This is a guest post by miss Annette O’Neil who runs Clever Ginger Creative and who splashes her colorful prose all over the carpet, walls, ceiling, etc. at her blog, Here There Be Tygers. Take a look at her work and be inspired; I’m a big fan.
It’s a lot like the first day of school, actually.
Someone helps you put on a heavy backpack, gives you a bit of grave advice, cheerfully wishes you luck, and watches you climb the stairs to get into the vehicle. You squeeze into a seat among the jostling crowd, every member of which is much, much cooler than you are. You fold your hands in your lap, and you look out the window.
And then you take off.
Skydiving is a funny thing.
The first time you manage to convince yourself to go near the door (basically, a gaping maw of sky that’s roaring with what seems to be hurricane-force wind), you have to speculate to yourself why you’re standing there. After all, you were the one who ambled up to the counter at the dropzone below, slapped your credit card on the desk, listened to the safety briefing, strapped yourself into the gear, and showed the nice instructor how nicely you arch your back for aerodynamics. You did these things because you knew that somewhere between this plane – thirteen thousand feet over a bit of very hard ground – and the aforementioned very hard ground, there was something you wanted.
So now you’re here, and there are some pairs of eyes looking at you (and the little green light by your head) rather expectantly.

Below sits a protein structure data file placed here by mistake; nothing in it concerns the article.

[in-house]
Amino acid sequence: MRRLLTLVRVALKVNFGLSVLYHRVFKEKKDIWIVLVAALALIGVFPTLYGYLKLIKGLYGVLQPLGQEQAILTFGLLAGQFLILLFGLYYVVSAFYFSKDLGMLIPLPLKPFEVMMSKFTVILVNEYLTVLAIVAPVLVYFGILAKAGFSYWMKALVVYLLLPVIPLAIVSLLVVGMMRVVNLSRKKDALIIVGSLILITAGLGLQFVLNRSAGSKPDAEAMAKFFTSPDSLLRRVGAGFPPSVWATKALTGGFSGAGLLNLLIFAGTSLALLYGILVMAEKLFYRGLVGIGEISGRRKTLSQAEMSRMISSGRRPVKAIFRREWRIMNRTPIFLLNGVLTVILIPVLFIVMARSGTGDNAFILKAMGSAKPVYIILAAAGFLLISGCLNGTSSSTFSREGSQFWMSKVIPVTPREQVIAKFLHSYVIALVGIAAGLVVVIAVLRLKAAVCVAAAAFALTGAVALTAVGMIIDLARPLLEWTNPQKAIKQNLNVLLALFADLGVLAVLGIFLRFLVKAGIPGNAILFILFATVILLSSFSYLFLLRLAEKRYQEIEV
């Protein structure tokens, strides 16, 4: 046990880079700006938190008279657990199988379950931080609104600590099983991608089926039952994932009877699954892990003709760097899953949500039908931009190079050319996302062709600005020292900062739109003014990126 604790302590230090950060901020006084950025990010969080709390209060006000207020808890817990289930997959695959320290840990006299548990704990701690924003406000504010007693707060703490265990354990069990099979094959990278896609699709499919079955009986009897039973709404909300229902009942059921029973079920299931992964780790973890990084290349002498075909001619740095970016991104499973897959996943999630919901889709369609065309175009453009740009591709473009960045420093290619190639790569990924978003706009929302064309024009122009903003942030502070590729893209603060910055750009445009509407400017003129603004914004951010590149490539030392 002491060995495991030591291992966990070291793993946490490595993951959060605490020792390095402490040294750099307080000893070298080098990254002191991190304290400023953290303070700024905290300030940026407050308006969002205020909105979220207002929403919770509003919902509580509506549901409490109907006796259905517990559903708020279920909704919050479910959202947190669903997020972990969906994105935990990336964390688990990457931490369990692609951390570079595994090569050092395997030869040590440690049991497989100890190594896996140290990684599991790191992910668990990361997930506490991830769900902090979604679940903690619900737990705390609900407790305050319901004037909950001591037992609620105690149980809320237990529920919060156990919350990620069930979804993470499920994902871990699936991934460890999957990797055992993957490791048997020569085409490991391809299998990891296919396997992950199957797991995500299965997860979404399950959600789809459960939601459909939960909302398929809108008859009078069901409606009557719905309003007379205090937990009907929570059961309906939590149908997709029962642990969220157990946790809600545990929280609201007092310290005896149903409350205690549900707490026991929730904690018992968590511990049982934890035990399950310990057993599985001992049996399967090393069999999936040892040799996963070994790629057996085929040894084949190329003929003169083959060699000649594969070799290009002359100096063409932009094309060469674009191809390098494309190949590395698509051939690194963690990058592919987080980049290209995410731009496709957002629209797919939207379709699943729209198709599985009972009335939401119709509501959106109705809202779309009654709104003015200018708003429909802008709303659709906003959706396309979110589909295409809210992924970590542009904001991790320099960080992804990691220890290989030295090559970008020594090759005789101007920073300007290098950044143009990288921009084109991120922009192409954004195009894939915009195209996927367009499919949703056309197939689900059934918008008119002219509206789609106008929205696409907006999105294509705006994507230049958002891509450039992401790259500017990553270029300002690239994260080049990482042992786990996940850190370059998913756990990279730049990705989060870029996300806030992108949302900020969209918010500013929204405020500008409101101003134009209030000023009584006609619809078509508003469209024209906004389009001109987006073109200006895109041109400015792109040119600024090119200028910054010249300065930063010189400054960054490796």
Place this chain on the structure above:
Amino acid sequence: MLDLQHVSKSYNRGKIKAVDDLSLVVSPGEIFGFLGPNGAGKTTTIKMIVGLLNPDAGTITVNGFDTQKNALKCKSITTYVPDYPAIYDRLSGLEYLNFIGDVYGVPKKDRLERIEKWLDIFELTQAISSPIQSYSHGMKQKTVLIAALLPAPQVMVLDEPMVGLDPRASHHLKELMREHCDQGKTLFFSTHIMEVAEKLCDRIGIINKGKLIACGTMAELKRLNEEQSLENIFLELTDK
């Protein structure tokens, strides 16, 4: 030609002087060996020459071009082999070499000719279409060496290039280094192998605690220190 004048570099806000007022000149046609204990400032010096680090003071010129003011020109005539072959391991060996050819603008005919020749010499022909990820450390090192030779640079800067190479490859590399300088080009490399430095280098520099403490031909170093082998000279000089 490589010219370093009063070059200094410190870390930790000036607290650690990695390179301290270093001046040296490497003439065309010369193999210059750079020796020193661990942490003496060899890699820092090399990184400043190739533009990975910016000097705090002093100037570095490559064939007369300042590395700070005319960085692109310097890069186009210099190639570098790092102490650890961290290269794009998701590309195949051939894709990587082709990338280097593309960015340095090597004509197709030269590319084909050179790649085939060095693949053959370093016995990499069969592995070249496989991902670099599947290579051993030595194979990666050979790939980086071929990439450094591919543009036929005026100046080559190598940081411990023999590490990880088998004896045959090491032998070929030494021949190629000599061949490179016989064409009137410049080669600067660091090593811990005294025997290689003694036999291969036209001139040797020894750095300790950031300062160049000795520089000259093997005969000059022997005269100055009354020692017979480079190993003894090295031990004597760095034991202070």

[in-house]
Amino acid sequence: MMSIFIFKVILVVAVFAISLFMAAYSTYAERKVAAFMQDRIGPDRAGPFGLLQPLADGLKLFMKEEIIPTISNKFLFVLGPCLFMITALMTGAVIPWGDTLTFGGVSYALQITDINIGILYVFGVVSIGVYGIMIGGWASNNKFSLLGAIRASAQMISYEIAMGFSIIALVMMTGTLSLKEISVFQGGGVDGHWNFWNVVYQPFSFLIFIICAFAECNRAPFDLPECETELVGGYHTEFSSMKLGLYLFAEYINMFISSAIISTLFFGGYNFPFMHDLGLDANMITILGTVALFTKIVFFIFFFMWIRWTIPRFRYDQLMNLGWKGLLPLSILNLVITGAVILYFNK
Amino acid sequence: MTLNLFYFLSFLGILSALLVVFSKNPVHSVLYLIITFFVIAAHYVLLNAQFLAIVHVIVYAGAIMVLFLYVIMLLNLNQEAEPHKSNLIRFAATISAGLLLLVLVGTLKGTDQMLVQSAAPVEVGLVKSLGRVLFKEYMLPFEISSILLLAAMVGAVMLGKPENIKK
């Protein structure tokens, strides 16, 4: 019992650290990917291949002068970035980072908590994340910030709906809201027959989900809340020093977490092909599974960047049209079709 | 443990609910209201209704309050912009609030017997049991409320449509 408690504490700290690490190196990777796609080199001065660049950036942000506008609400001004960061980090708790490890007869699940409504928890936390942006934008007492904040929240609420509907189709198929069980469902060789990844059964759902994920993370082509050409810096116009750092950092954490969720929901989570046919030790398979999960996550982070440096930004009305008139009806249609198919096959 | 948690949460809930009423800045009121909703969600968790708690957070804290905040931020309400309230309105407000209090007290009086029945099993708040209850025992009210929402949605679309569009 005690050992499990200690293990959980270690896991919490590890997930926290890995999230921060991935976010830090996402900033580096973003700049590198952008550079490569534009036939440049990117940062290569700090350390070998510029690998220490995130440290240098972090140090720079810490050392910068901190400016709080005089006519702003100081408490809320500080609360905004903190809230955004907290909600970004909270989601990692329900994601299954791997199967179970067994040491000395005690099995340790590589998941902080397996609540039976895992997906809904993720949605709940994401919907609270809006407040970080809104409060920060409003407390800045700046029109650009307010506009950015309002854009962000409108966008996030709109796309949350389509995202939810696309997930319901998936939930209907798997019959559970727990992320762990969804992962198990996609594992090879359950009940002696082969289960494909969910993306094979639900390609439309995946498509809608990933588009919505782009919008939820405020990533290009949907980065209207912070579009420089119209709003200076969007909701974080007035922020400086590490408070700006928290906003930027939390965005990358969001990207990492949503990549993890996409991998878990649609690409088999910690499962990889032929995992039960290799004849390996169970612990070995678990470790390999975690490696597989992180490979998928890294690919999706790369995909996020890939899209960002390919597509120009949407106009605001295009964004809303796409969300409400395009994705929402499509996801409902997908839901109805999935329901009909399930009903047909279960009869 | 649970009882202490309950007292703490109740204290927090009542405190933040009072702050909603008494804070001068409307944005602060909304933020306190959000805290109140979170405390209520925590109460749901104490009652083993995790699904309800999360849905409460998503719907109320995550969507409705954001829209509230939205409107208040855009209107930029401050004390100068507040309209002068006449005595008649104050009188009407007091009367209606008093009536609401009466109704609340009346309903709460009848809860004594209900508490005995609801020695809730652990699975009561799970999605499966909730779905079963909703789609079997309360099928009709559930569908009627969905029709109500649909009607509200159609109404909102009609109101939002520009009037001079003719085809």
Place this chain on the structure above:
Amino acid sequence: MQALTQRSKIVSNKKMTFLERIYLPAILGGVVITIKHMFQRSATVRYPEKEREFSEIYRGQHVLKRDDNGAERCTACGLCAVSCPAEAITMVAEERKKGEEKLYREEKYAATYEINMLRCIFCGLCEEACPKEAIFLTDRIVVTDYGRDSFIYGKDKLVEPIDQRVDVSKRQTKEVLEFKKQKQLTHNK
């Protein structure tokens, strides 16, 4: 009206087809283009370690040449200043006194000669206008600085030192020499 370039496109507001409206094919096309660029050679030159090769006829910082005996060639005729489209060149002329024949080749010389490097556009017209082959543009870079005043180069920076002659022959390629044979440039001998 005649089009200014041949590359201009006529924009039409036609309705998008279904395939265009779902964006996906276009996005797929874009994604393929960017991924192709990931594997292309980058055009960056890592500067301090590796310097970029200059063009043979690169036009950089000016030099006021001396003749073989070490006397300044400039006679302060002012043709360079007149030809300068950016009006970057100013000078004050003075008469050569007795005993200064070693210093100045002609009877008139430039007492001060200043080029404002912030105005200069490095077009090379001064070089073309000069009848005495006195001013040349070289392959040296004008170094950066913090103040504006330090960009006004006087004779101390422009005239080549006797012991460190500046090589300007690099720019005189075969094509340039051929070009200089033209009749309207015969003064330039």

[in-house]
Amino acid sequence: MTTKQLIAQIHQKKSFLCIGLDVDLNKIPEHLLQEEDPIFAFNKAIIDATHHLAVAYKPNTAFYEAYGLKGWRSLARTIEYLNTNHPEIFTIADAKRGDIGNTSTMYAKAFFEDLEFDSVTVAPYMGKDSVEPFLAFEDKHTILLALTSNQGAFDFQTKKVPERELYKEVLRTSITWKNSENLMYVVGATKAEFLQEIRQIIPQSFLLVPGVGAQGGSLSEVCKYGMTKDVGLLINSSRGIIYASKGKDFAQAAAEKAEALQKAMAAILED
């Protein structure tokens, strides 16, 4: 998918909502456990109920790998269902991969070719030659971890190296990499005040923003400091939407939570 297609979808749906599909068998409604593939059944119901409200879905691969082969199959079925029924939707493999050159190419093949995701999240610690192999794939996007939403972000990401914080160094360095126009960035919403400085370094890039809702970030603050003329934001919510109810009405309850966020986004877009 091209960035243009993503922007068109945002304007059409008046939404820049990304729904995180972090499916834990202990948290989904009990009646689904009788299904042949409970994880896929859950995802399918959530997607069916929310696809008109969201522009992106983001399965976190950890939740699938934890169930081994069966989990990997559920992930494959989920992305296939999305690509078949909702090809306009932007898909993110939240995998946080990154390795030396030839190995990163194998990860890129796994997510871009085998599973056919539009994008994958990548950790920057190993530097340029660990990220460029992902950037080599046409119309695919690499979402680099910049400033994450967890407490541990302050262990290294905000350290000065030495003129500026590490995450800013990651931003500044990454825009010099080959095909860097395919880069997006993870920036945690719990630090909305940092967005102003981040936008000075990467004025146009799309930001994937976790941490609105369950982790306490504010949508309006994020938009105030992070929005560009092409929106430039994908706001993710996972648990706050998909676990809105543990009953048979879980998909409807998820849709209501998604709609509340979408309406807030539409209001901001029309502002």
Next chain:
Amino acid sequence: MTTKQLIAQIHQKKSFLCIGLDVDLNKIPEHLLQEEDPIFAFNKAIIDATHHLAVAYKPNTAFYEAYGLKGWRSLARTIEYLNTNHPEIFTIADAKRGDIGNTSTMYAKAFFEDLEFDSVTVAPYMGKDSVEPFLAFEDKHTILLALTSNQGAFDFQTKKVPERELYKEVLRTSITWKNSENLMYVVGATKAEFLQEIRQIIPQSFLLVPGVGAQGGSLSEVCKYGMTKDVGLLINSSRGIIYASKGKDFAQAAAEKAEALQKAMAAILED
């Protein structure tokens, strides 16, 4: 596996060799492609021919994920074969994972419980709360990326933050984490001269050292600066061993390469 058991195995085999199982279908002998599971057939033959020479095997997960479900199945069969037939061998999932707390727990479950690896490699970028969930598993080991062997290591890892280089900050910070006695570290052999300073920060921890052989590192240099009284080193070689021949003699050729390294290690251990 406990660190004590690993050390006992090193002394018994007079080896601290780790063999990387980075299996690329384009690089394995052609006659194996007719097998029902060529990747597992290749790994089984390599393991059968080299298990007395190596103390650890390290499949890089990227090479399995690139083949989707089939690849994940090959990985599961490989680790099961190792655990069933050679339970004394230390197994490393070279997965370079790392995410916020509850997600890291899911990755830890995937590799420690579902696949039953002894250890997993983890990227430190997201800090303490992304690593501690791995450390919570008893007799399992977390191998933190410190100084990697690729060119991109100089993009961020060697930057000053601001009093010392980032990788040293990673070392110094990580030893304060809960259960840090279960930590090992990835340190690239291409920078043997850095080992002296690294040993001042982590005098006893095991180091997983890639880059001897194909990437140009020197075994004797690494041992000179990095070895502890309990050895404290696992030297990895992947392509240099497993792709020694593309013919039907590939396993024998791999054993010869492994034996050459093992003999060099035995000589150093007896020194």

So you line your toes up to the edge, give the handle on your pilot chute one more little tap, and here goes nothin.’ Whoosh.
The first few times you do it, it’s much the same. You think about it before you drift off (that thing that happened to that guy, when his gear acted up and his reserve didn’t quite take and they had to scrape him up with a spatula and a wet/dry vacuum), but you wake up wanting to jump. And soon, you always wake up wanting to jump. ‘Cause you and that guy – well, you’re different. And if your gear acts up, you’re pretty sure you’ll get it sorted before they have to break out the spatulas. And if you don’t? Well, you sure as hell got on that plane. And that’s saying something.
Radical lifestyle design is like that, too. When you start out, it’s a lark. When you realize it’s not a silly fancy and you start taking steps, it has all the playful look-what-I’m-doing fun of playing dress-up in a skydiving jumpsuit and wiggling into a rig. Most of us in the LIP community actually get on a plane to seal the deal, and it’s much like that first jump: suddenly, every glorious/badass/wet-dry-vacuum-manifesting aspect of the thing becomes critically evident.
It’s at the door that you get to make your choice. Do I live this, right now, and embrace everything that it actually is? Or do I step back, and live vicariously?
Here’s the thing about living vicariously: you can watch Indiana Jones a thousand times, but it’ll always end the same way. And you, I’m sorry to say, are never in it.
I have an idea.